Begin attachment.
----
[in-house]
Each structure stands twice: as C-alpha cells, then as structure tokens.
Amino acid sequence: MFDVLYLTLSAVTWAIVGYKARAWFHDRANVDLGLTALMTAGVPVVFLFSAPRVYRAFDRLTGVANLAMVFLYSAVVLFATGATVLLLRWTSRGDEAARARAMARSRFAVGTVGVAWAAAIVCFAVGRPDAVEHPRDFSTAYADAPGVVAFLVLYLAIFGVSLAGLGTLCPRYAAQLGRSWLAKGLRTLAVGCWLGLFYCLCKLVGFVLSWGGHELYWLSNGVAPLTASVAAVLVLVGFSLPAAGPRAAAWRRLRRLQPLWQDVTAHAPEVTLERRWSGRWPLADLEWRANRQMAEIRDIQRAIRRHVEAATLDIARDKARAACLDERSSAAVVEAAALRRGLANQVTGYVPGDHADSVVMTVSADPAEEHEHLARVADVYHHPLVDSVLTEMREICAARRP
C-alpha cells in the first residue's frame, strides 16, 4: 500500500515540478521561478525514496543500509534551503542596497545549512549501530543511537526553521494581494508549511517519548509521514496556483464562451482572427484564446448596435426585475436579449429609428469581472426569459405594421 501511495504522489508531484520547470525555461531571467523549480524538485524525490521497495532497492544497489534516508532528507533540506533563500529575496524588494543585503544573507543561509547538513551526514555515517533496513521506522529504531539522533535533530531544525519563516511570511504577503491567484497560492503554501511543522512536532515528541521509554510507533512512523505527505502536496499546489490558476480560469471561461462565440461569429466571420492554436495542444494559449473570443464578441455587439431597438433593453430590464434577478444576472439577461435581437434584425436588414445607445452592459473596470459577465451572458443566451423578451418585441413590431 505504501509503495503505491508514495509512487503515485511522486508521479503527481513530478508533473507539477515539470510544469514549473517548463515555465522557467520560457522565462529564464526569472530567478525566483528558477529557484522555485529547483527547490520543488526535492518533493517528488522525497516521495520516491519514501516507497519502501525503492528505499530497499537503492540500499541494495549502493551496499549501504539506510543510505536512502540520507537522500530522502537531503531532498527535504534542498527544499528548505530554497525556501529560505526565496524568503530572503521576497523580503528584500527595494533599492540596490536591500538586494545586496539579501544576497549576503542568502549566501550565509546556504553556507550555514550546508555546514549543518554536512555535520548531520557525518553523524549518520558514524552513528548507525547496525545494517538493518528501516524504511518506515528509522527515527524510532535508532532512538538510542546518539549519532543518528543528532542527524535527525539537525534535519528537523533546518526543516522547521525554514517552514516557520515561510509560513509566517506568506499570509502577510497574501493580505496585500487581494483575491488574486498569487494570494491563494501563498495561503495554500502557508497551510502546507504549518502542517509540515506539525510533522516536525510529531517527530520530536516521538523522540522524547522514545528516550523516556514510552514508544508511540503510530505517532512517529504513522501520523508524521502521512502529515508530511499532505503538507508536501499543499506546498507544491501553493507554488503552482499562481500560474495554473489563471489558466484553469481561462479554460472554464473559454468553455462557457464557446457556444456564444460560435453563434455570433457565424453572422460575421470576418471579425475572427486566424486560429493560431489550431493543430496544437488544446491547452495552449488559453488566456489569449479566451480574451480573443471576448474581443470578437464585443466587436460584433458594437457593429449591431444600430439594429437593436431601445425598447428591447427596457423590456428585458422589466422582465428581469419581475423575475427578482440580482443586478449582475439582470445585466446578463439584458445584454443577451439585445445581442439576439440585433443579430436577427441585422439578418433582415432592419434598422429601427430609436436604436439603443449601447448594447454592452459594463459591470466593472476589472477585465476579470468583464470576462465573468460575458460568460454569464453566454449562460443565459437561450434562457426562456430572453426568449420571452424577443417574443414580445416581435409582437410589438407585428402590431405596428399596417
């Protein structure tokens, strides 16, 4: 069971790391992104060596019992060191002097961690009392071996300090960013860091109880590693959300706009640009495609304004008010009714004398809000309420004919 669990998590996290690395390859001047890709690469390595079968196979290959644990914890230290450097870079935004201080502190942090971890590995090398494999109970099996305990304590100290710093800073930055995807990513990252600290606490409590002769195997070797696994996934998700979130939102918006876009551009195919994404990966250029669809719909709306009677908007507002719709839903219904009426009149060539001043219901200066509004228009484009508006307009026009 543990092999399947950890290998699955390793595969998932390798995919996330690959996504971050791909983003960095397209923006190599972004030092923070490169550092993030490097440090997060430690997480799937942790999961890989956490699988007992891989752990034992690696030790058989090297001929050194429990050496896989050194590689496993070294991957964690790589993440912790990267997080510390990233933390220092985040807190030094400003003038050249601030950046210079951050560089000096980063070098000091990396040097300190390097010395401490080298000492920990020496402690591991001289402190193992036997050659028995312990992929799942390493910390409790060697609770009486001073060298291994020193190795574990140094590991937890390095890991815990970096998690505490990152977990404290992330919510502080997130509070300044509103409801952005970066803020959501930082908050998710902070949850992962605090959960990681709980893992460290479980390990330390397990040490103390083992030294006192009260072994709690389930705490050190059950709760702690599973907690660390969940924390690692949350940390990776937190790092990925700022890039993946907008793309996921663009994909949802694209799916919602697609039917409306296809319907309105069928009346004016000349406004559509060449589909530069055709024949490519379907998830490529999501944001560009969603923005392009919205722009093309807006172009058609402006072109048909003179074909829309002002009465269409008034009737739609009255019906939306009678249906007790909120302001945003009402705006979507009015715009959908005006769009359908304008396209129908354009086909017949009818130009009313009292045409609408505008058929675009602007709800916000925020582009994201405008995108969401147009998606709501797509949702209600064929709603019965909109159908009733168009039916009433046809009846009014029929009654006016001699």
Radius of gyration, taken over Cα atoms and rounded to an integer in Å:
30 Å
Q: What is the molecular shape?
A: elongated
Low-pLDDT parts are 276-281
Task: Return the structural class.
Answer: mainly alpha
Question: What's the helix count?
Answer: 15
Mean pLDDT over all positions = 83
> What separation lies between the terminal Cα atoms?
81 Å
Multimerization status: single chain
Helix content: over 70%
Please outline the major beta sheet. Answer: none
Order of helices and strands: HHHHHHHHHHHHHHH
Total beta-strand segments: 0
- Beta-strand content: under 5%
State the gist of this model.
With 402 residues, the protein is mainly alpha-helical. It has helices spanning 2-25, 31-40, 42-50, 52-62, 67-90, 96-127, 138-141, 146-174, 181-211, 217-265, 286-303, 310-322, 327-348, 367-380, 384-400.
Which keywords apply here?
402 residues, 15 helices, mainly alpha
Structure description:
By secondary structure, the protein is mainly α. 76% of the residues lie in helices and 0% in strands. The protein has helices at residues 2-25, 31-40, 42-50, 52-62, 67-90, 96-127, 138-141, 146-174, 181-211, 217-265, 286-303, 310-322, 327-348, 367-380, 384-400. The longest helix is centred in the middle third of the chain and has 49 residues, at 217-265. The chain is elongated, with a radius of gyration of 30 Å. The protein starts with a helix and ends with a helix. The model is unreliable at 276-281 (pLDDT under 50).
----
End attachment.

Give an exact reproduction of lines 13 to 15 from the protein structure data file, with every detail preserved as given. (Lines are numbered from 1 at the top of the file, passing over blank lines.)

Question: What's the helix count?
Answer: 15
Mean pLDDT over all positions = 83